Exactly 499 years ago Martin Luther nailed his 95 theses to the church door in Wittenberg, Germany. So, we’re one year away from a significant anniversary of this milestone.
Synod 2016, in response to an overture, instructed us to observe this 500th anniversary of the start of the Protestant Reformation.
The word choice is important. Somewhere between receiving the overture and the action on the floor of synod, the title of the intended observance was changed from Celebration to Commemoration. That’s significant.
I believe the Holy Spirit was moving in and through the deliberation of our church’s assembly when this switch of words was made. The Protestant Reformation was both necessary and unfortunate. Necessary, because the Roman Catholic church, at that time in history, needed some biblical correctives. Unfortunate, because things had become so bad that a split was unavoidable.
So, as we prepare to commemorate the 500th anniversary next year, I suggest that this year and every year we remember with a bit of sadness that while the Reformation was necessary, it was also unfortunate and that we respond with gratitude, knowing that God’s truth endures, through his Word and in his Church, whether we call ourselves Protestant, Catholic or Orthodox.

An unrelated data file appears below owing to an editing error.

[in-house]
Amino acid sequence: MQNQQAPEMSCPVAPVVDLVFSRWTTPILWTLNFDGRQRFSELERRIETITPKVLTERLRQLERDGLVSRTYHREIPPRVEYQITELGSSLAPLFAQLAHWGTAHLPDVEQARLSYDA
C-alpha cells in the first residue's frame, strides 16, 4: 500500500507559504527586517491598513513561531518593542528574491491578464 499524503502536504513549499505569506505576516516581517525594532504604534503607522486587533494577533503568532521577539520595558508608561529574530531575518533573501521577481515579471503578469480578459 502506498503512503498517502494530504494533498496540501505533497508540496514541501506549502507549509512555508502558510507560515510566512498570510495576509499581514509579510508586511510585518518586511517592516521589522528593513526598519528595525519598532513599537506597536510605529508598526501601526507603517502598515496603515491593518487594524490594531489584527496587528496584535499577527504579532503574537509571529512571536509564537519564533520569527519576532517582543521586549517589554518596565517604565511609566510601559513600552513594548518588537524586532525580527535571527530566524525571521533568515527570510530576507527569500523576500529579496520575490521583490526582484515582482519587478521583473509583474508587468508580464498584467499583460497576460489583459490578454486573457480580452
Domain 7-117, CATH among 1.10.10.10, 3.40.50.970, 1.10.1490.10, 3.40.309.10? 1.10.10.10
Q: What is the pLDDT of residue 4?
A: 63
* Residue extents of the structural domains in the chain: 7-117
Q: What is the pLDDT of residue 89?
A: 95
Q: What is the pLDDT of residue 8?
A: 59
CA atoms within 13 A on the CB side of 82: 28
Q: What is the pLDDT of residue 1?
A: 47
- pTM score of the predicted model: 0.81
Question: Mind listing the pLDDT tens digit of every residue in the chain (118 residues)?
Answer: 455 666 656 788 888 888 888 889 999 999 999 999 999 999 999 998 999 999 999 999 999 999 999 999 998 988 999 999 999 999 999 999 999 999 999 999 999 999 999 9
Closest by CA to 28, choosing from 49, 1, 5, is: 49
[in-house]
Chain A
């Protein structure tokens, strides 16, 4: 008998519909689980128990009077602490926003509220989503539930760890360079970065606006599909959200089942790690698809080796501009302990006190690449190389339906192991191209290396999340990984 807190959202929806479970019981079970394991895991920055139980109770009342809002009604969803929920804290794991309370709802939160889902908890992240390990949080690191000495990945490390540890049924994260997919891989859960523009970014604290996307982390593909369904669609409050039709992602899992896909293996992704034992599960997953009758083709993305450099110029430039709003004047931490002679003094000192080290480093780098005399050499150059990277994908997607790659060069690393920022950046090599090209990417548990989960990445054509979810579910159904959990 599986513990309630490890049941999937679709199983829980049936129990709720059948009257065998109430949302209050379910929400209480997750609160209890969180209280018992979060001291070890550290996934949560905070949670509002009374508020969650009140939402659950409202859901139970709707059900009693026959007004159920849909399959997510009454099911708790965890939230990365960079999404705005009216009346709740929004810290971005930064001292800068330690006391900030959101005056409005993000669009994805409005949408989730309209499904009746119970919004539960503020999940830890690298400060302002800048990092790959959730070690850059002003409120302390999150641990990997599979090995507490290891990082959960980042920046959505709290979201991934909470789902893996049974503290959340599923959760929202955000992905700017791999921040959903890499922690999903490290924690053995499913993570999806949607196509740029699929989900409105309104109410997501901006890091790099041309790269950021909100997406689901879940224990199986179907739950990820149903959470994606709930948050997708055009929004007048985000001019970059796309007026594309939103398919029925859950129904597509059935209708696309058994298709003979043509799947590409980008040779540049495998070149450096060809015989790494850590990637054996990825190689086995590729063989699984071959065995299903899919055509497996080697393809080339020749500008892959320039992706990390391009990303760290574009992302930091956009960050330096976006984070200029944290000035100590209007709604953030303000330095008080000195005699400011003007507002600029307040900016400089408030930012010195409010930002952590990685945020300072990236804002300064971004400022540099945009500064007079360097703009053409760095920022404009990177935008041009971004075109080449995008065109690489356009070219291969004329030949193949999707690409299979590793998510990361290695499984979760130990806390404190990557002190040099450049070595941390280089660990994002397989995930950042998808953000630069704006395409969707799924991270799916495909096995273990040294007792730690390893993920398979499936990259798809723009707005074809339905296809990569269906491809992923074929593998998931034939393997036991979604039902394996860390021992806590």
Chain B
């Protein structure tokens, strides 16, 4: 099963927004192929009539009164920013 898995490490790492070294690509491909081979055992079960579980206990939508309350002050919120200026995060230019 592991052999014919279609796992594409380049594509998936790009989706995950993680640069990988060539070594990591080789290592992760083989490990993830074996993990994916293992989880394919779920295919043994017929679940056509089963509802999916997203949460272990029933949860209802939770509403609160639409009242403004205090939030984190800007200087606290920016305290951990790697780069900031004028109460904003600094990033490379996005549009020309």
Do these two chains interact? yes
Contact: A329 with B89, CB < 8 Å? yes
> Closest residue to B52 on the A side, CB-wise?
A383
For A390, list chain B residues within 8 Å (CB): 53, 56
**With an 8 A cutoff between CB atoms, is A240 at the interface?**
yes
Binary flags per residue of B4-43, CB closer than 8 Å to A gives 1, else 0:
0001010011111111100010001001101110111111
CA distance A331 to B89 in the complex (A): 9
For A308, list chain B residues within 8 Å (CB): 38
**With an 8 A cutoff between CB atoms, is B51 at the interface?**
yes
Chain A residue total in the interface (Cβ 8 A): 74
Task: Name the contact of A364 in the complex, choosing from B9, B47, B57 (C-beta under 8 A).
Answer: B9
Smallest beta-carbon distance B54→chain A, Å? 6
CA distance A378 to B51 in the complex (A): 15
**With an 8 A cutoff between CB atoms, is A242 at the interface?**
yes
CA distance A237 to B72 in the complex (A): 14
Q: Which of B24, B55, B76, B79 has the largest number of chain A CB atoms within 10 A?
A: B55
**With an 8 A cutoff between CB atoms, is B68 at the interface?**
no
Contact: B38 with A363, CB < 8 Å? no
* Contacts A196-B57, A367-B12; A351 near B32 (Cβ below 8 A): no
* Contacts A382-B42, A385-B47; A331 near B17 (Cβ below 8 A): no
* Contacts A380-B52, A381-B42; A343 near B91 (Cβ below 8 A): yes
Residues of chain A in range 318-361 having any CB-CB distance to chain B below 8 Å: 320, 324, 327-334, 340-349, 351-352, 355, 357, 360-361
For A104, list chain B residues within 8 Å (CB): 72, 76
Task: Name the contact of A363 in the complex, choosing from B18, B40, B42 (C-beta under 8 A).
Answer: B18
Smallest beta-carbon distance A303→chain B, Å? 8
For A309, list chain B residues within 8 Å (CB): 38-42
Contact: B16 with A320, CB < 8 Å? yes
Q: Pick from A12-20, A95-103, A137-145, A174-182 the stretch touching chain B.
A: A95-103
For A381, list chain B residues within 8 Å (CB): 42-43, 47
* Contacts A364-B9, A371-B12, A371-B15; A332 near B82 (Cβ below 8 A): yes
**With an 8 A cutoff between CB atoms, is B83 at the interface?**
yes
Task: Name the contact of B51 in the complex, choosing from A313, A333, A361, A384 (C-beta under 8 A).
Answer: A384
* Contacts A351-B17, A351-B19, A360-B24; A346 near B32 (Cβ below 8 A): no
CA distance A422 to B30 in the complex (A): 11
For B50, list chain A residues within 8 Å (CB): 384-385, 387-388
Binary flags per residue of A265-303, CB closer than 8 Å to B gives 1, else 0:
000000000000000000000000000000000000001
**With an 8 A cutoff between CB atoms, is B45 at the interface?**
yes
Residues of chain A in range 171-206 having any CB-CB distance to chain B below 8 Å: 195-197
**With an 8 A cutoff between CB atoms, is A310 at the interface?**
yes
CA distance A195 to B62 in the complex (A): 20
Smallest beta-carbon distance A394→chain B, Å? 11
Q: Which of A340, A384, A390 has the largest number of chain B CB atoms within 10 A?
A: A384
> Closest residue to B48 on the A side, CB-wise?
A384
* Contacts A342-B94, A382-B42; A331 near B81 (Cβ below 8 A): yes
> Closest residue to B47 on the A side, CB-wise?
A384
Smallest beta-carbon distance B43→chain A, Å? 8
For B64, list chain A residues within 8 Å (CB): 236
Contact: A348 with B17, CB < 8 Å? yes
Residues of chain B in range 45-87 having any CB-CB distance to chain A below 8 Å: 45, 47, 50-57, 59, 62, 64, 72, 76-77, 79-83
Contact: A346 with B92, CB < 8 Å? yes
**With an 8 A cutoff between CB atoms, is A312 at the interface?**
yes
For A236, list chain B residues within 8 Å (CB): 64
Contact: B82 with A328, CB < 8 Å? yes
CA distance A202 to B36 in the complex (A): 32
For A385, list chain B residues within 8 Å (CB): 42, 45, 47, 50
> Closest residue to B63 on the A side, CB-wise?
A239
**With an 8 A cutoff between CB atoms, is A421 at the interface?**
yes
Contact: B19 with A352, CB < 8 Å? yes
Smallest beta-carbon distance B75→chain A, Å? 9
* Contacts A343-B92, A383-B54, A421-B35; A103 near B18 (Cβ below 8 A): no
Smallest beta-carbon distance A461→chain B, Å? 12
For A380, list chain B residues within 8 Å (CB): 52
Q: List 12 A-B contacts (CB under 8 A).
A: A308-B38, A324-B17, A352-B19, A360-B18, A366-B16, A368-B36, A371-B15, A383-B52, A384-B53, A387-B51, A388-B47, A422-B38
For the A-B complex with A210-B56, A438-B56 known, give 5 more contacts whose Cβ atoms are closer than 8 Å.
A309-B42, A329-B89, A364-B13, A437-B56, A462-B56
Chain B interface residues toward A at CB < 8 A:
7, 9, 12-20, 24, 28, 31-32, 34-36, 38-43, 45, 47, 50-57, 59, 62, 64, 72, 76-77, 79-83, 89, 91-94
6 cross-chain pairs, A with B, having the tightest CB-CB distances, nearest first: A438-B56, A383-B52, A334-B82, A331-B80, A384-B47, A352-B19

In the words of Martin Luther’s hymn: “That Word above all earthly powers—no thanks to them—abideth; the Spirit and the gifts are ours through him who with us sideth. Let goods and kindred go, this mortal life also; the body they may kill: God’s truth abideth still; his kingdom is forever.” (A Mighty Fortress Is Our God).